Directed By: Ted V. Mikels
Starring: Sean Kenney, Monika Kelly, Sanford Mitchell
Tag line: "the Corpse Grinders Turn bones and flesh into screaming, savage blood death!"
Trivia: The writer of this film, Joseph Cranston, is the father of Breaking Bad star Bryan Cranston
When it came to dreaming up enticing film titles, writer/director Ted V. Mikels was an absolute master. Who wouldn’t want to see a movie called The Black Klansman, Ten Violent Women, or Astro-Zombies? Even if the films themselves weren’t all that impressive (I wasn’t a fan of his 1966 flick Blood Orgy of the She-Devils), Mikels sure as hell knew how to get your attention, and most of the time it worked to his advantage.
Take, for example, The Corpse Grinders; in an interview conducted by author John McCarty for the book The Sleaze Merchants: Adventures in Exploitation Filmmaking, Mikels claimed this 1971 film cost around $47,000 to produce and took in over $3 million at the box office! As for its quality, I wouldn’t go so far as to call The Corpse Grinders a “good” movie, but it definitely kept me entertained.
The Lotus Cat Food Company, owned and operated by Landau (Sanford Mitchell) and his partner Maltby (J, Byron Foster), has found a way to save thousands of dollars in production costs: instead of the typical ingredients, they use nothing but the finest human corpses to make their cat food! Aided by the ill-tempered Caleb (Warren Bell), whose job as a cemetery caretaker provides them with all the dead bodies they can handle; and with the help of their trusty corpse-grinding machine, Landau and Maltby have cornered the pet food market, and are pulling in more money than they ever dreamed possible.
There’s only one problem: their cat food is turning even the most docile kittens into carnivorous beasts with a taste for human flesh! With dozens of attacks reported already, Dr. Howard Glass (Sean Kenney), who was himself nearly mauled to death by a cat belonging to his nurse/girlfriend Angie Robinson (Monika Kelly), begins to wonder if there’s a connection between Lotus’ cat food and the violent behavior of local felines. Together with Angie, Dr. Glass decides to look into the matter. But the closer he gets to uncovering the truth, the more dangerous his investigation becomes.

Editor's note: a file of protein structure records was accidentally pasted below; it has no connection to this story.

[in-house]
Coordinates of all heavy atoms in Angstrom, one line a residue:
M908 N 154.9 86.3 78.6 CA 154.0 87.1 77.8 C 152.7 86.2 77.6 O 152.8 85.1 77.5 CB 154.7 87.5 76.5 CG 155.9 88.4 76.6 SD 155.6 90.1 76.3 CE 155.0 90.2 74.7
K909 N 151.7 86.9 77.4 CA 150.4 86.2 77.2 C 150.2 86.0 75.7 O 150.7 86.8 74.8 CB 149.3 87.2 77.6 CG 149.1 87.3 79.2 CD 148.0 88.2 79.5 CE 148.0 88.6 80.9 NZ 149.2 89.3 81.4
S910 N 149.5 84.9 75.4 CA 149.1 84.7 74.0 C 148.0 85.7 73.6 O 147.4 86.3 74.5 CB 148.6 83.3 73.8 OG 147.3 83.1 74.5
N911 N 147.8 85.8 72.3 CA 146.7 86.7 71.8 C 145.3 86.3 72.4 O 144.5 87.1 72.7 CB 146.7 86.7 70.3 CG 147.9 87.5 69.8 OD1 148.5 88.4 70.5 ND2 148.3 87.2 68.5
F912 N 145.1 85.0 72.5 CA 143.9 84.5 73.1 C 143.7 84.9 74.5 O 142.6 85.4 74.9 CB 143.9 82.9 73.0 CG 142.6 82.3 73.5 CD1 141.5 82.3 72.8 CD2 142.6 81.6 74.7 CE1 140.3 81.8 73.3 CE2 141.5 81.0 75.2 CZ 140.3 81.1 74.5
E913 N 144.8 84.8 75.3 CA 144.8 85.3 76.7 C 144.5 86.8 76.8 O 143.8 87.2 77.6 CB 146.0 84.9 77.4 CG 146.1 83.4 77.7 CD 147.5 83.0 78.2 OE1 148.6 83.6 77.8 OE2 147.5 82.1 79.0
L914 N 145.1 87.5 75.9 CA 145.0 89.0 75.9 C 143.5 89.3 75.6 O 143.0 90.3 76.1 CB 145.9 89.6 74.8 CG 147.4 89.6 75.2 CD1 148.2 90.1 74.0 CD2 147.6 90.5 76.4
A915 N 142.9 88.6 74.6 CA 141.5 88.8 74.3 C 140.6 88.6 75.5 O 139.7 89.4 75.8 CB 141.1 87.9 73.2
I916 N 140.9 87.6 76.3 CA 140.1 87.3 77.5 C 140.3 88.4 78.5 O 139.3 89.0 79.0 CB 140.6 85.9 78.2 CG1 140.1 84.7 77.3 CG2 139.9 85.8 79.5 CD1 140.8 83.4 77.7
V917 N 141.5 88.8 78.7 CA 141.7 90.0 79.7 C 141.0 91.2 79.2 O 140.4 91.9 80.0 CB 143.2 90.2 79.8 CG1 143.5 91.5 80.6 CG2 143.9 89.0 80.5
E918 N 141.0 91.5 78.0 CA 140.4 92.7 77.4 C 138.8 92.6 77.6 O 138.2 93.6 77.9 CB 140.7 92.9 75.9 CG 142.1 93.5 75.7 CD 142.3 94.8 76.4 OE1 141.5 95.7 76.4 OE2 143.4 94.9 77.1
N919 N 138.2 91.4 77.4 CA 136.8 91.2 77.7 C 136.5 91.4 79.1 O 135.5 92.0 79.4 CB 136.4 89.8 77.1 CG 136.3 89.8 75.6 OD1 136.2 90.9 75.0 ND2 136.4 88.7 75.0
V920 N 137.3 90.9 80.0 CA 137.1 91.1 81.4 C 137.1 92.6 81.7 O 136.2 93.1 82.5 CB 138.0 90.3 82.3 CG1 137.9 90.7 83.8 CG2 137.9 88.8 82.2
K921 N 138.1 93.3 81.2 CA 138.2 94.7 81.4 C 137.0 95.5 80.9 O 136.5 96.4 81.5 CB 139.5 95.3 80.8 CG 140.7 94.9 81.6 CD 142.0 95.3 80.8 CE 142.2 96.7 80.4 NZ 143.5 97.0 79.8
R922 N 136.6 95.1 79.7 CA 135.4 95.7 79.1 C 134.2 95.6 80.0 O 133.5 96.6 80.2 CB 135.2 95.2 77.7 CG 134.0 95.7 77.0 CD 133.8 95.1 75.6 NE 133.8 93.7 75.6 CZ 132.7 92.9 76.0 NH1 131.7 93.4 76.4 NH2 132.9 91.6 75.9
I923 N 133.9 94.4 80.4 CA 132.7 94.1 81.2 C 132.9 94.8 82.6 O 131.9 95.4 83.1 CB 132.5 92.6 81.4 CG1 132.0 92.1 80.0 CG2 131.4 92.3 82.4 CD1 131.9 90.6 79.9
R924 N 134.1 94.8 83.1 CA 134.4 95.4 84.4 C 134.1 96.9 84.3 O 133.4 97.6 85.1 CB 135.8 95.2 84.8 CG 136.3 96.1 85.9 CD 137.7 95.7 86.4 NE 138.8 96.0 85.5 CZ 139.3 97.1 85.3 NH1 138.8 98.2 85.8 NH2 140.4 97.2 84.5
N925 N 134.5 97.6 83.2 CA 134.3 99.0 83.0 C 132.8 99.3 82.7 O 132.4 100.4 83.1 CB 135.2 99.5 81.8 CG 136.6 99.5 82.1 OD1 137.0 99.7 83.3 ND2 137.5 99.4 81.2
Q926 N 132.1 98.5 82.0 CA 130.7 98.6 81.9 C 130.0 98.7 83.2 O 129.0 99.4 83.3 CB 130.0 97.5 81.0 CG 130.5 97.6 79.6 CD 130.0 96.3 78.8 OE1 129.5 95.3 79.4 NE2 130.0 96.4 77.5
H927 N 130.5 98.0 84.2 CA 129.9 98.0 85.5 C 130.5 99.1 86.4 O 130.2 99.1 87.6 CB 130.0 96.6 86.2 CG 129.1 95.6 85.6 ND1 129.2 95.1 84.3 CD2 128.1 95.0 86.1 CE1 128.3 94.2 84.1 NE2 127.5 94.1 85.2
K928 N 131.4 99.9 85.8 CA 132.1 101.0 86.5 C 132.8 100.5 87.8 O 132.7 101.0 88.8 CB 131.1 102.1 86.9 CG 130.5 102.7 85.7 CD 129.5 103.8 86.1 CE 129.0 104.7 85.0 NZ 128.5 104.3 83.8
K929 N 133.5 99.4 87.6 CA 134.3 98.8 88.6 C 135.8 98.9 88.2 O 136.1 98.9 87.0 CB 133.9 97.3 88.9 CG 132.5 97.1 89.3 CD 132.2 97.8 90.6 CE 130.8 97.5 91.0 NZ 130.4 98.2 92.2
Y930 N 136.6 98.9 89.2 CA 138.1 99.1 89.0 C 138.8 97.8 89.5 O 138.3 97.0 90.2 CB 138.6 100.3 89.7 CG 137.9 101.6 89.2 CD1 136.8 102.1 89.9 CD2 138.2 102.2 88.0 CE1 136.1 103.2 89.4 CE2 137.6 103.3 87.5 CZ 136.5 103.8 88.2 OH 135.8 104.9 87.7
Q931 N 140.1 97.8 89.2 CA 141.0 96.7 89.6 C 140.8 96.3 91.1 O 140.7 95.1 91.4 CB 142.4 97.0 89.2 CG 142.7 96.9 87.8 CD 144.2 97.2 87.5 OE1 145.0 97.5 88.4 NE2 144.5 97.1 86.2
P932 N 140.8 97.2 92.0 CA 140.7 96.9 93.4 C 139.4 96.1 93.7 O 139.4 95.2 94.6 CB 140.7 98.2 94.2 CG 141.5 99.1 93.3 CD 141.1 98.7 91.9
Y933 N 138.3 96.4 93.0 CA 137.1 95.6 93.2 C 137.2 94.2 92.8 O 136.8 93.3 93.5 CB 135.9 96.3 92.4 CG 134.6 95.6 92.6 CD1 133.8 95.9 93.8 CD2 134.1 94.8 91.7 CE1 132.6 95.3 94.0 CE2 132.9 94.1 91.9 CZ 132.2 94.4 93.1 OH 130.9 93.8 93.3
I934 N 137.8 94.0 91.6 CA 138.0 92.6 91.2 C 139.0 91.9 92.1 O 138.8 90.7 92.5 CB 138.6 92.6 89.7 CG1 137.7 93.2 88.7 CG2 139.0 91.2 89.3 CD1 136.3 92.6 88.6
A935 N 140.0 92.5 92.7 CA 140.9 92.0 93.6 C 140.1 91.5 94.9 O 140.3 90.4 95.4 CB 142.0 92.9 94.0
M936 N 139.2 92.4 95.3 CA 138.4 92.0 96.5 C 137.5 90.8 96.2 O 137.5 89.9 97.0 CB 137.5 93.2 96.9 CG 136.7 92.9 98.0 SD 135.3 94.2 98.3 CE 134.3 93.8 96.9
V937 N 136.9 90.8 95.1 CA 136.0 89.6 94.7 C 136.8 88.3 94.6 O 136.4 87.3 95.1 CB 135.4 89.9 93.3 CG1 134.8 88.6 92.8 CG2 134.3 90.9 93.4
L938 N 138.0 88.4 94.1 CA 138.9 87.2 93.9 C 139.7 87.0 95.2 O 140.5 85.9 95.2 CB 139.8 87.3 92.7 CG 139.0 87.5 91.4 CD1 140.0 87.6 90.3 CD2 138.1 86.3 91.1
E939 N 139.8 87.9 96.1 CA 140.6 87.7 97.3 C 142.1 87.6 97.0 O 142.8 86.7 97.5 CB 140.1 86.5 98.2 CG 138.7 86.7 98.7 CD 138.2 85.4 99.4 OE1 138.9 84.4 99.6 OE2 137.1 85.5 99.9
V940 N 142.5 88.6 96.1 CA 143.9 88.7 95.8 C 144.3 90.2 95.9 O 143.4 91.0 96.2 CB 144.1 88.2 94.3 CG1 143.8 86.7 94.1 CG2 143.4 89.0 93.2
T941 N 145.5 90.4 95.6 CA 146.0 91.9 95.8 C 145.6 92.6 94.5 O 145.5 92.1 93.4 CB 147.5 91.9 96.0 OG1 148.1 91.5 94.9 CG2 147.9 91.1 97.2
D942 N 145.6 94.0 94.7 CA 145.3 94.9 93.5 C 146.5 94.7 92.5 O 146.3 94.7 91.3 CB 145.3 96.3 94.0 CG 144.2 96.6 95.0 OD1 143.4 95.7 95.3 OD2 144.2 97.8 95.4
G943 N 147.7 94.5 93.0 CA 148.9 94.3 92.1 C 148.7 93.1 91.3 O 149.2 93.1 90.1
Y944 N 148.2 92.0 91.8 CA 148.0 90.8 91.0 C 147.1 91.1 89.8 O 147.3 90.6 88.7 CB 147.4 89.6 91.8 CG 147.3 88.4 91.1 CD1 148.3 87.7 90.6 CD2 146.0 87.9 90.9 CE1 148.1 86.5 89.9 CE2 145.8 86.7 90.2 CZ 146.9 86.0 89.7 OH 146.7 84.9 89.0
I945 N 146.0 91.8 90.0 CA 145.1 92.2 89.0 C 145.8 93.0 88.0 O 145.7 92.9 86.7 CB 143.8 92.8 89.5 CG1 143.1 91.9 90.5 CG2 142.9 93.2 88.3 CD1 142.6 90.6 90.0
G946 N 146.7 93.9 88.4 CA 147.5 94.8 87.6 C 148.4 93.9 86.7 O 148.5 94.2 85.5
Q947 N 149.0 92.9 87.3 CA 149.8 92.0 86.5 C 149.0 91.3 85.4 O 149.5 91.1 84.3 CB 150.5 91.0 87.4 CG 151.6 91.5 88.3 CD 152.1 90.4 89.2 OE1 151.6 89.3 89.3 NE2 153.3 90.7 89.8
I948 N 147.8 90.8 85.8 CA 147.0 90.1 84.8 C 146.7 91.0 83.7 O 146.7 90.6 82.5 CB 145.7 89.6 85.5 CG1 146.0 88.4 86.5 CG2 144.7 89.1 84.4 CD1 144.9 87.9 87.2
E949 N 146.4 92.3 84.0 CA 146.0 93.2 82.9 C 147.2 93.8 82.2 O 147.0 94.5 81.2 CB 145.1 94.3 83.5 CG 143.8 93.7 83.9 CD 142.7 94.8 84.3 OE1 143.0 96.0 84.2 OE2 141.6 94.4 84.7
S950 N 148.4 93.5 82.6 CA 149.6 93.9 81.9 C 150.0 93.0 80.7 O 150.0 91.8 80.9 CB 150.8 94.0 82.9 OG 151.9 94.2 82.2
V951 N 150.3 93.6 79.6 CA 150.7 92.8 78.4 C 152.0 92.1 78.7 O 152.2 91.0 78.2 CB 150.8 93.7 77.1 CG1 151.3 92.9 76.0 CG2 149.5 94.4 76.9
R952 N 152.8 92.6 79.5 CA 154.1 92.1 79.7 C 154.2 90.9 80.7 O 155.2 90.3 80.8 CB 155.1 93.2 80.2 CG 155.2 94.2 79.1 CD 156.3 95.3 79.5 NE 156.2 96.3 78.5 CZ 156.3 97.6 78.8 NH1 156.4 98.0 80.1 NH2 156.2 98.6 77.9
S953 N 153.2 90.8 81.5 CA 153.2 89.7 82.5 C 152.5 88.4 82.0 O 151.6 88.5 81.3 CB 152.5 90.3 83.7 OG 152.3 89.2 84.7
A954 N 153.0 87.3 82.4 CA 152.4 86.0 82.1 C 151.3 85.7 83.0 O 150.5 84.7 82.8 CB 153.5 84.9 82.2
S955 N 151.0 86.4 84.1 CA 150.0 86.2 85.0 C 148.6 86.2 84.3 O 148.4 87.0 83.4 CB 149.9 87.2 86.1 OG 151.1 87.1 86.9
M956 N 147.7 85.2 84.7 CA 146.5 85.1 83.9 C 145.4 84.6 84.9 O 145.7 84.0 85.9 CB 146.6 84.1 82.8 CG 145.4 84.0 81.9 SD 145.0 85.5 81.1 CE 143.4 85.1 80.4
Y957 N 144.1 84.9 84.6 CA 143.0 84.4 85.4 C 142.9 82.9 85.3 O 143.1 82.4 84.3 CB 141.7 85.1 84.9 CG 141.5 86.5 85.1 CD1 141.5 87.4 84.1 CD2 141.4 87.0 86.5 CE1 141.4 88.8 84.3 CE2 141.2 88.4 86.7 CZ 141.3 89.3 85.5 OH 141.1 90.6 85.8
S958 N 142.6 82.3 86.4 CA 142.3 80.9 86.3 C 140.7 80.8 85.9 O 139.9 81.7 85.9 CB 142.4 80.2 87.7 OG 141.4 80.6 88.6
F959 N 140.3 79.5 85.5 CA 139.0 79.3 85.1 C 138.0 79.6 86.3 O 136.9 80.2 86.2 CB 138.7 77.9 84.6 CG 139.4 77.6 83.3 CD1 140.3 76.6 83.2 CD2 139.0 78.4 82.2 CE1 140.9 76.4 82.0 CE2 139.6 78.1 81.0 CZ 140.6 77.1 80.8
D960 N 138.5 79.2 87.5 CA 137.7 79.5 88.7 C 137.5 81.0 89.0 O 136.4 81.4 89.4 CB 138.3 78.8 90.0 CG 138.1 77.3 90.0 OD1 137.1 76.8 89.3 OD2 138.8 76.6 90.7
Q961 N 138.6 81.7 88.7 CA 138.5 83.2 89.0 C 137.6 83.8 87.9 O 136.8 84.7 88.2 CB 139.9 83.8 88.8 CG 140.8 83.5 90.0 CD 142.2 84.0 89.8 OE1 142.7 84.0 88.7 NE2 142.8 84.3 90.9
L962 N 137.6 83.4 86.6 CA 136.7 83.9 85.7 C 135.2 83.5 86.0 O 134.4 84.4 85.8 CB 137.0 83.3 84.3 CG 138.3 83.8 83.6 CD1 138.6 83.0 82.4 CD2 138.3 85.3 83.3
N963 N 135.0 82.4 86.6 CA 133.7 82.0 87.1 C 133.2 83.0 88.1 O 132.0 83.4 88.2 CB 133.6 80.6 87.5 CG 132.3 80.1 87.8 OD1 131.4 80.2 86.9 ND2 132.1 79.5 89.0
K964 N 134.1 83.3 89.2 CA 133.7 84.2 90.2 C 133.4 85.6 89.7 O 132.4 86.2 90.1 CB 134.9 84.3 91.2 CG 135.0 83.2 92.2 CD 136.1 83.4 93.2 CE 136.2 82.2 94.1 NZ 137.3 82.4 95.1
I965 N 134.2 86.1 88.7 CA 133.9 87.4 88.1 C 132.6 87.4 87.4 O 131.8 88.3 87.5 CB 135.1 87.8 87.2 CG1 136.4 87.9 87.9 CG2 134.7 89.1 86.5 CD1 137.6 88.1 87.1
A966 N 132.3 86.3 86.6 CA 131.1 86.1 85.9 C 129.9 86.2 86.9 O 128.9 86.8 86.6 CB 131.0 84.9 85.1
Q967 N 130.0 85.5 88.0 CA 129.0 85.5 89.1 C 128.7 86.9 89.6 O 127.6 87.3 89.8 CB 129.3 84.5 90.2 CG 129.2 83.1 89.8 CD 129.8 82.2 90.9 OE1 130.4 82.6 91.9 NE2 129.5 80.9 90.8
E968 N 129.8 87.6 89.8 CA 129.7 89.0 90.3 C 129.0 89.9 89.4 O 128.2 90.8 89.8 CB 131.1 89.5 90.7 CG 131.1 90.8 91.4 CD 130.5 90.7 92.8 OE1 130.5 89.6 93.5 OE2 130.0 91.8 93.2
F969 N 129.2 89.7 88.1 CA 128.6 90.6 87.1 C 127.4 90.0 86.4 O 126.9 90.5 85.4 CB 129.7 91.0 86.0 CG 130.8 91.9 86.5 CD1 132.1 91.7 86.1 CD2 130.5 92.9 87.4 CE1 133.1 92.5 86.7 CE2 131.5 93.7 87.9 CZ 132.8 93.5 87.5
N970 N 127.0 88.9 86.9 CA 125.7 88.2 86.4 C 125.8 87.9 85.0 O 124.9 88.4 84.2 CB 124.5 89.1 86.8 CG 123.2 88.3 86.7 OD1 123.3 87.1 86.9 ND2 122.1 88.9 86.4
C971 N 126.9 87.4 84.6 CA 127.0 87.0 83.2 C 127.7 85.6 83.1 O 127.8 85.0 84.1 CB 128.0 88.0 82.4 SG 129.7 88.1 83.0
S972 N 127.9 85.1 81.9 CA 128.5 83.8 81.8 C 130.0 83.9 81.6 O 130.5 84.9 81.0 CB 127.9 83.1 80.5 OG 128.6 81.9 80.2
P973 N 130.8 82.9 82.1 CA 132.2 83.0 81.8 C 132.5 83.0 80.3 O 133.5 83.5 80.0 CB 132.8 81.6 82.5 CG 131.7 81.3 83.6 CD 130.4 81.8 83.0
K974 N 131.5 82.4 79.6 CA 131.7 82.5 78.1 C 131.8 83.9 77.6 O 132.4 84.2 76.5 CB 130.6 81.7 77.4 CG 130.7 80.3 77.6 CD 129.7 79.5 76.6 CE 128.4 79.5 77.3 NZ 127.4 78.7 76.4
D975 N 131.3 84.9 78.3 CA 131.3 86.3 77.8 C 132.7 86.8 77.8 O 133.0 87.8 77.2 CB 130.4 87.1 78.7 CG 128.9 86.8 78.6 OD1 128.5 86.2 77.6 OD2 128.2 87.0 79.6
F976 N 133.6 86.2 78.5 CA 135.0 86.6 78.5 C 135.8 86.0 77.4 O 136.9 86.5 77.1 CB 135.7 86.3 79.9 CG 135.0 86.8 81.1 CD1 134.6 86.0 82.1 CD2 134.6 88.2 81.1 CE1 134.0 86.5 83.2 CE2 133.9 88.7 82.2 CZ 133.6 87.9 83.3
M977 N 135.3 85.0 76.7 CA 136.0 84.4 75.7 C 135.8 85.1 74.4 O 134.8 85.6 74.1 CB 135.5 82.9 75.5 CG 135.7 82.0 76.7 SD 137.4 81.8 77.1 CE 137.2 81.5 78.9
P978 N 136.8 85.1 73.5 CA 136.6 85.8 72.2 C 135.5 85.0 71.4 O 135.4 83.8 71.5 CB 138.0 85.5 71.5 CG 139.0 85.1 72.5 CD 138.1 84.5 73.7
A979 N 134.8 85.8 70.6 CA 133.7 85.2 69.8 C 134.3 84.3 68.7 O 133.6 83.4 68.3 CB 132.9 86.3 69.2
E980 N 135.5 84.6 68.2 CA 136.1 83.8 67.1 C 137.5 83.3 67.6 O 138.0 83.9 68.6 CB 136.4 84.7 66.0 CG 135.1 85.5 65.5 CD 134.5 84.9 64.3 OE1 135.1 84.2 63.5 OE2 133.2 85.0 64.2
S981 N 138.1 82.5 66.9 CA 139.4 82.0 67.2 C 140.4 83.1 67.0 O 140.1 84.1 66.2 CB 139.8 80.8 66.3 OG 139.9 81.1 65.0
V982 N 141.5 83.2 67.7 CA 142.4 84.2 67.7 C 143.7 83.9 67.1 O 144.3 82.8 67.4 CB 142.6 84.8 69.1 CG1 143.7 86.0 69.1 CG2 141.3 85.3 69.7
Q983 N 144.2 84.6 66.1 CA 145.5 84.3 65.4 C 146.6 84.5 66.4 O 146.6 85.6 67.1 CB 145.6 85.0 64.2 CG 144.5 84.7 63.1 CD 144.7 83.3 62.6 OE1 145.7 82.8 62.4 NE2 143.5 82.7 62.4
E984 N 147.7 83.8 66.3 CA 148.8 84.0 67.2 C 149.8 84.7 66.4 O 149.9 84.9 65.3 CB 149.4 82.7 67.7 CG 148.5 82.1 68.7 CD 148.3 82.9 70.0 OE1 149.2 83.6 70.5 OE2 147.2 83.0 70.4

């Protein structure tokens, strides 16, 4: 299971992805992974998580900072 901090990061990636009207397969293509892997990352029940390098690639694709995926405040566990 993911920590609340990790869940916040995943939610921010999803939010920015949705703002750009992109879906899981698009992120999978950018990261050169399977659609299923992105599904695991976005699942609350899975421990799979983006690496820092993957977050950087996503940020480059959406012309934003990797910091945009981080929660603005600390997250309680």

I’m not sure what percentage of its $47,000 budget was dedicated to building sets and props for The Corpse Grinders, but I’m guessing it wasn’t much; the entire Lotus factory looks like a dank basement (including the main office that Landau and Maltby share), and the “hospital” where Dr. Glass and Angie work is nothing more than a room in somebody’s house. As for the film’s main attraction, aka the dreaded corpse grinding machine, it may not look like much (according to Mikels, it was made out of plywood), but it gets the job done; bodies (underwear and all) go in one end, and a disgusting meat mixture comes out the other (The Corpse Grinders won’t be the most frightening horror film you’ll ever see, but the image of this ground meat pouring from the machine is sure to turn your stomach).
While most of the acting in The Corpse Grinders is less than stellar, both Sanford Mitchell (as the increasingly maniacal Landau) and Sean Kenney (whose Dr. Glass is the hero of the story) do, on occasion, manage to rise above the others; and there are enough oddball moments scattered throughout the film to keep things interesting (no explanation is given as to why Caleb’s wife, played by Ann Noble, walks around with a baby doll, treating it like it was a real child).
In the end, I didn’t enjoy The Corpse Grinders quite enough to seek out its sequels; the direct-to-video The Corpse Grinders II, released in 2000, was also written and directed by Mikels (an entirely different crew took the reins for 2012’s The Corpse Grinders III). But as “so-bad-its-good” movies go, The Corpse Grinders is, at the very least, unique, and this alone makes me happy that I saw it.